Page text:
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Bacterial Morphology

Bacterial Morphology

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Published by: erando88 on Feb 03, 2010
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Bacterial Morphology
Bacterial Structure
:: Cytoplasmic Structures ::
Gram positive and Gram negative bacteria have similar internal, but very different external structures.The cytoplasm of the bacterial cell contains the DNA chromosome, the mRNA, ribosomes, proteins, andmetabolites). Unlike eukaryotes, the bacterial chromosome is a single, double-stranded circle that iscontained not in a nucleus but in a discrete area known as the nucleoid. Histones are not required tomaintain the conformation of the DNA, and the DNA does not form nucleosomes. Plasmids, which aresmaller, circular, extrachromosomal DNAs, may also be present. Plasmids are most commonly found inGram negative bacteria, and although not usually essential for cellular survival, they often provide aselective advantage: many confer resistance to one or more antibiotics.
Gram positive and Gram negative bacteria. A Gram positive bacterium has a thick layer of  peptidoglycan (left). A Gram negative bacterium has a thin peptidoglycan layer and an outer membrane (right). Structures in () are not found in all bacteria.
The lack of a nuclear membrane simplifies the requirements and control mechanisms for the synthesisof proteins. Without a nuclear membrane, transcription and translation are coupled; in other words,ribosomes can bind to the mRNA, and protein can be made as the mRNA is being synthesized and stillattached to the DNA.The bacterial ribosome consists of 30S + 50S subunits, forming a 70S ribosome. This is unlike theeukaryotic 80S (40S + 60S) ribosome. The proteins and RNA of the bacterial ribosome are significantlydifferent from those of eukaryotic ribosomes and are major targets for antibacterial drugs.The cytoplasmic membrane has a lipid bilayer structure similar to the structure of the eukaryoticmembranes, but it contains no steroids (e.g., cholesterol); mycoplasmas are the exception to this rule. Thecytoplasmic membrane is responsible for many of the functions attributable to organelles in eukaryotes.These tasks include electron transport and energy production, which are normally achieved in themitochondria. In addition, the membrane contains transport proteins that allow the uptake of metabolitesand the release of other substances, ion pumps to maintain a membrane potential, and enzymes. A coiledcytoplasmic membrane, the mesosome, acts as an anchor to bind and pull apart daughter chromosomesduring cell division.
:: Cell Wall ::
The structure, components, and functions of the cell wall distinguish Gram positive from Gram negative bacteria. The important differences in membrane characteristics are outlined in. The cytoplasmicmembranes of most prokaryotes are surrounded by rigid peptidoglycan (murein) layers. The exceptions are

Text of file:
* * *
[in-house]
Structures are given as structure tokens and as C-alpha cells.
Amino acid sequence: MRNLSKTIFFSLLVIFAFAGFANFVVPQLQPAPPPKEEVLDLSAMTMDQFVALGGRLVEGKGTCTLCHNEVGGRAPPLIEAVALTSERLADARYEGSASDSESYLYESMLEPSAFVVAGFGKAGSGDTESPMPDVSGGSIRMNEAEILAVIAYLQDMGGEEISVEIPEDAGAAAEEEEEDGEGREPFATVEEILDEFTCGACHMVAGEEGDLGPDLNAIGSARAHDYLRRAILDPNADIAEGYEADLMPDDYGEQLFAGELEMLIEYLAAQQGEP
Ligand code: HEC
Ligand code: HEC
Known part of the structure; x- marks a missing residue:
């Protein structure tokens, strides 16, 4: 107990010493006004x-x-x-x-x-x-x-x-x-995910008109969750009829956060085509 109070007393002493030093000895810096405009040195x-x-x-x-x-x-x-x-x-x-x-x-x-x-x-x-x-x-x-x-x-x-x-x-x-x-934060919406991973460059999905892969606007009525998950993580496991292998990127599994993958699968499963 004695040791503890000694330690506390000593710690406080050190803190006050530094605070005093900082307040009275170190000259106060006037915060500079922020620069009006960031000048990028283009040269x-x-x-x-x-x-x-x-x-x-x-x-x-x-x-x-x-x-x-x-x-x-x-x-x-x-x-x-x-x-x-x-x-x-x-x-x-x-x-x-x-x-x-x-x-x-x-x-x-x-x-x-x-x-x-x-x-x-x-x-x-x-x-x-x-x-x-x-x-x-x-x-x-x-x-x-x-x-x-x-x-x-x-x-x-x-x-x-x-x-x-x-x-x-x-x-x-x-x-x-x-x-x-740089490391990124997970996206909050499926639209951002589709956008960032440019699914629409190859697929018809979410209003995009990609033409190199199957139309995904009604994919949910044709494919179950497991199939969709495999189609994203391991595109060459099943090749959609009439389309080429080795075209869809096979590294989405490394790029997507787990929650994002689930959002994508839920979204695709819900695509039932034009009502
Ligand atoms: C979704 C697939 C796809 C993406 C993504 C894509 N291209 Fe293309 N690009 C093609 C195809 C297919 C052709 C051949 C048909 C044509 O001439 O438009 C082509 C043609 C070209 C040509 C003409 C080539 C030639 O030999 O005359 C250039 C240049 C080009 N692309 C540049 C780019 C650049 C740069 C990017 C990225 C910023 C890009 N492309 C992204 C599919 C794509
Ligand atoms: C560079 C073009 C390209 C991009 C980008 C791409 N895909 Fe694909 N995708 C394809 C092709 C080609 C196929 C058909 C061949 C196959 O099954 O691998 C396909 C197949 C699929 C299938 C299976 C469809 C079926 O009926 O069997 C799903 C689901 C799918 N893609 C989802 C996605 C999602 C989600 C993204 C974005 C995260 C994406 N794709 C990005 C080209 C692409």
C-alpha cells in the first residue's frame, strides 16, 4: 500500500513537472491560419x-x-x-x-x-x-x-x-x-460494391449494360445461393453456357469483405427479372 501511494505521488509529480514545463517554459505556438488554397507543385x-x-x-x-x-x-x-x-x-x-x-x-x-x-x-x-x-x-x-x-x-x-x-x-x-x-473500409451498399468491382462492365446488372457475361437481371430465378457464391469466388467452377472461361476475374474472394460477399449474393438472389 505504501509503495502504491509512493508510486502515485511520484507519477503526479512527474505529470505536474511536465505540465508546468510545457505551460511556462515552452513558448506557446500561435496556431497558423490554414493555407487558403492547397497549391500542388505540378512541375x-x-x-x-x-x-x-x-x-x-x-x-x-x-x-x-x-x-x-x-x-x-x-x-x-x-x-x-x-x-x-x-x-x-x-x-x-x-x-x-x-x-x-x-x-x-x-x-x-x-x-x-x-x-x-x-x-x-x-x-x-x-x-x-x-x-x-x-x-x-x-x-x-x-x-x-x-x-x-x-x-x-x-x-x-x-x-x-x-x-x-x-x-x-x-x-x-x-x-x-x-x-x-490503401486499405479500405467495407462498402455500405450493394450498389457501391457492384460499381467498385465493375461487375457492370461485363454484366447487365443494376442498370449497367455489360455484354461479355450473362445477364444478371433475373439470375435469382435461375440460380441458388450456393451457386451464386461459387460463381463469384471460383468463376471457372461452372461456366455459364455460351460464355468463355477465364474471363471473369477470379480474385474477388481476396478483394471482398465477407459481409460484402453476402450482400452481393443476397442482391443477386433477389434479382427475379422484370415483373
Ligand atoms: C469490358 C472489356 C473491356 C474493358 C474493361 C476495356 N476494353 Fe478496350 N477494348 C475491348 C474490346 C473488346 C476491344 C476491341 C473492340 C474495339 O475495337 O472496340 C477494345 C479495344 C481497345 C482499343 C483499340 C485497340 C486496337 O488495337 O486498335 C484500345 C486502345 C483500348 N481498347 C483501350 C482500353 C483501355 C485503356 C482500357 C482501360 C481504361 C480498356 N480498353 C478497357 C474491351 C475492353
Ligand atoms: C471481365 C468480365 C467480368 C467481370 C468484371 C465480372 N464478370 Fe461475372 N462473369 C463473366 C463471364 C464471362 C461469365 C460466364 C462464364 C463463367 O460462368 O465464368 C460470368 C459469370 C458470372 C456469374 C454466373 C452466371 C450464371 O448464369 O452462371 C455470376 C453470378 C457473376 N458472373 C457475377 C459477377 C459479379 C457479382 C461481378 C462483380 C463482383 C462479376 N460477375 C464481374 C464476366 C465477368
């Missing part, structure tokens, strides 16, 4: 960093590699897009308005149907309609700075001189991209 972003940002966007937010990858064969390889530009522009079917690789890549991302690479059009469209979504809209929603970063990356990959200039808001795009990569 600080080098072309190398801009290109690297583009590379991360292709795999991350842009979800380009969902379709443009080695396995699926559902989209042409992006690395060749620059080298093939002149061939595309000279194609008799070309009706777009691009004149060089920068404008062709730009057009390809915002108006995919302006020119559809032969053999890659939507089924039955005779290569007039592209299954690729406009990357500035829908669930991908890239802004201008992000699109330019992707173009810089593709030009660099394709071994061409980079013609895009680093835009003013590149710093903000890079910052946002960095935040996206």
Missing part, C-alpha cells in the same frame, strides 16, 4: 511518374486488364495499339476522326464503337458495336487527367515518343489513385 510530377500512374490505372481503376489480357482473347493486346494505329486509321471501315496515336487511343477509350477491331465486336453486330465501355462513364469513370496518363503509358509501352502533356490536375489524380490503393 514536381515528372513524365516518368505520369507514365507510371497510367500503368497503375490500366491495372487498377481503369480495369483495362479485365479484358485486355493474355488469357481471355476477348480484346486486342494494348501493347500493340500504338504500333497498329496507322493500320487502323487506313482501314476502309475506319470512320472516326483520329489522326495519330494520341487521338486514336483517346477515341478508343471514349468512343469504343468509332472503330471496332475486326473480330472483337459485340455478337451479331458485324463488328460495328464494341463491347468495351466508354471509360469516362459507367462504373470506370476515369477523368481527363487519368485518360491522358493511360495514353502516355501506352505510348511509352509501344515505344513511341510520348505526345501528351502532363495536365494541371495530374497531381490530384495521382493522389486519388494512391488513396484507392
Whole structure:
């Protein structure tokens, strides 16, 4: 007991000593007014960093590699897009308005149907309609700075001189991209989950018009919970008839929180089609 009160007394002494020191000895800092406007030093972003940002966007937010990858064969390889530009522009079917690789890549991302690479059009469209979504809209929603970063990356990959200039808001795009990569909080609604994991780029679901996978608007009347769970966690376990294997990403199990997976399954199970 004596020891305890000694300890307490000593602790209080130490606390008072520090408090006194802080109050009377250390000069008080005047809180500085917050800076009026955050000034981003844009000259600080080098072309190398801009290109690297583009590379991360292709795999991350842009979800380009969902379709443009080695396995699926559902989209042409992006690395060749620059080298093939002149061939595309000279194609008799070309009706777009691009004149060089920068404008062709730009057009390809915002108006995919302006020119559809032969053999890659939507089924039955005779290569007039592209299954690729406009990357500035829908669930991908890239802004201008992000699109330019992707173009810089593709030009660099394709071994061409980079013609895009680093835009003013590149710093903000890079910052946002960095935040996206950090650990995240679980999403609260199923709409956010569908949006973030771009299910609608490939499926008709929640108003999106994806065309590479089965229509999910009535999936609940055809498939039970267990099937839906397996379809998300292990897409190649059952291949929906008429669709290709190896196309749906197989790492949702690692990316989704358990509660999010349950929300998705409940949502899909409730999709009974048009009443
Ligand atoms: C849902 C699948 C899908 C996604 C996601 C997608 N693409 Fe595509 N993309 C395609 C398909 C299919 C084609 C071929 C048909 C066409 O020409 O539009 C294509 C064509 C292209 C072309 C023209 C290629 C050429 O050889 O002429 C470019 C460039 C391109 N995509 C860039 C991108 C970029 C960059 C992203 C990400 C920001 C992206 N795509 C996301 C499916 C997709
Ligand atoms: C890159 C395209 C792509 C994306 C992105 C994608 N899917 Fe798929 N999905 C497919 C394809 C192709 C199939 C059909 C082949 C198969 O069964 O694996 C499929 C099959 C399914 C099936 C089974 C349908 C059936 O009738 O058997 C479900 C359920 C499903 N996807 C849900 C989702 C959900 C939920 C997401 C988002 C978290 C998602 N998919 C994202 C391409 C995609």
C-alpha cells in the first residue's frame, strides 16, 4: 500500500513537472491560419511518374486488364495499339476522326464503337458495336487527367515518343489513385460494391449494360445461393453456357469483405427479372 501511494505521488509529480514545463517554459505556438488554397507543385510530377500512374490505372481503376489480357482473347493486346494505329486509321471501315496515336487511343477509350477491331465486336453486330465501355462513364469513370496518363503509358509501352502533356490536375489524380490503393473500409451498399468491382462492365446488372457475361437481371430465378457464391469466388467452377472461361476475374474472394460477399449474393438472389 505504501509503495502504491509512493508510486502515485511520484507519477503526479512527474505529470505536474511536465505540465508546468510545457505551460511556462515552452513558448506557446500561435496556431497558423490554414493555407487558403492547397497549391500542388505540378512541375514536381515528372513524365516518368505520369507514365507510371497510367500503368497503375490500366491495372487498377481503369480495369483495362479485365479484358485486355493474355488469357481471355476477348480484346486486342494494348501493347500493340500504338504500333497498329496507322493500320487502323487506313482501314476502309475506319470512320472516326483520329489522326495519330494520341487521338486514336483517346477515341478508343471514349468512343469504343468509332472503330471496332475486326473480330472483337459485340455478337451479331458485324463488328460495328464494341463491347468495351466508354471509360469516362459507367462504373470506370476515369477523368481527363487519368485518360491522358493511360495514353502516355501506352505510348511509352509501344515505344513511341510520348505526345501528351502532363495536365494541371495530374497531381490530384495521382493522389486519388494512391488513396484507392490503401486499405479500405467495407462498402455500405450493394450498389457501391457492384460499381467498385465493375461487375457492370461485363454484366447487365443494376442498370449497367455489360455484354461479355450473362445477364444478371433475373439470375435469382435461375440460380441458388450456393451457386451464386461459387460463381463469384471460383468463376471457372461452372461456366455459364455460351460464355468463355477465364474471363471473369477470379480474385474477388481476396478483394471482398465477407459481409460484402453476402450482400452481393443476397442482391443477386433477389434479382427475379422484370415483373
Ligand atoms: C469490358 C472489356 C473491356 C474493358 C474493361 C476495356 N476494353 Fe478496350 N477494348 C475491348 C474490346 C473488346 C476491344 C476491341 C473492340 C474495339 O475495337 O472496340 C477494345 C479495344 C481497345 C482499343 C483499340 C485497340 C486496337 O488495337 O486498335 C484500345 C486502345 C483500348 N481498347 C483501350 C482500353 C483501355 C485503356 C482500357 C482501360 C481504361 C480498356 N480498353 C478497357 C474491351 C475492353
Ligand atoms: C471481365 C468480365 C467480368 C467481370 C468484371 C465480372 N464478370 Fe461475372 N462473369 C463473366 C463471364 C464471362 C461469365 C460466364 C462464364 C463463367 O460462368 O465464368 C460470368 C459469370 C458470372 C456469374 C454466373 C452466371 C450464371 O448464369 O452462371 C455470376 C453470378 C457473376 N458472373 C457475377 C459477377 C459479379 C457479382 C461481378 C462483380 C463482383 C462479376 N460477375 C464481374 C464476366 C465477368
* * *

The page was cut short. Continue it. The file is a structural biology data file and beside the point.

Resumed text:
organisms (which contain pseudoglycans or pseudomureins related to peptidoglycan) andmycoplasmas (which have no cell walls at all). Because the peptidoglycan provides rigidity, it alsodetermines the shape of the particular bacterial cell. Gram negative bacteria are also surrounded by outer membranes.
 Bacterial Membrane Structures
StructureChemical Constituents
Plasma Membrane Phospholipids, proteins, enzymes for energy, membrane potential, transport.Cell WallGram +ve BacteriaPeptidoglycan Glycan chains of GlcNAc and MurNAc cross linked by peptide bridge.Teichoic Acid Polyribitol phosphate or glycerol phosphate cross linked to peptidoglycan.
Lipoteichoic Acid Lipid linked teichoic acid.Gram -ve BacteriaPeptidoglycan Thinner version of that found in Gram positive bacteria.Periplasmic Space Enzymes involved in transport, degradation, and synthesis.Outer Membrane Phospholipids with saturated fatty acids.Proteins Porins, lipoprotein, transport proteins.LPS Lipid A, core polysaccharide, O antigen.Other StructuresCapsule Polysaccharides (disaccharides and trisaccharides) and polypeptides.Pili Pilin, adhesins.Flagellum Motor proteins, flagellin.Proteins M proteins of streptococci (for example).
GlcNac=N-Acetylglucosamine; MurNAc=N-acetylmuramic acid; LPS=lipopolysaccharide. Functions Of The Bacterial Envelope
Structural Rigidity All.Packaging Of Internal Contents All.Permeability Barrier Outer membrane or plasma membrane.Metabolic Uptake Membranes and periplasmic transport proteins, porins, permeases.Energy Production Plasma membrane.Adhesion To Host Cells Pili, proteins, teichoic acid.Immune Recognition By Host All outer structures.Escape From Host Recognition Capsule, M protein.Antibiotic Sensitivity Peptidoglycan synthetic enzymes.Antibiotic Resistance Outer membrane.Motility Flagella.Mating Pili.Adhesion Pili.
:: Gram Positive Bacteria ::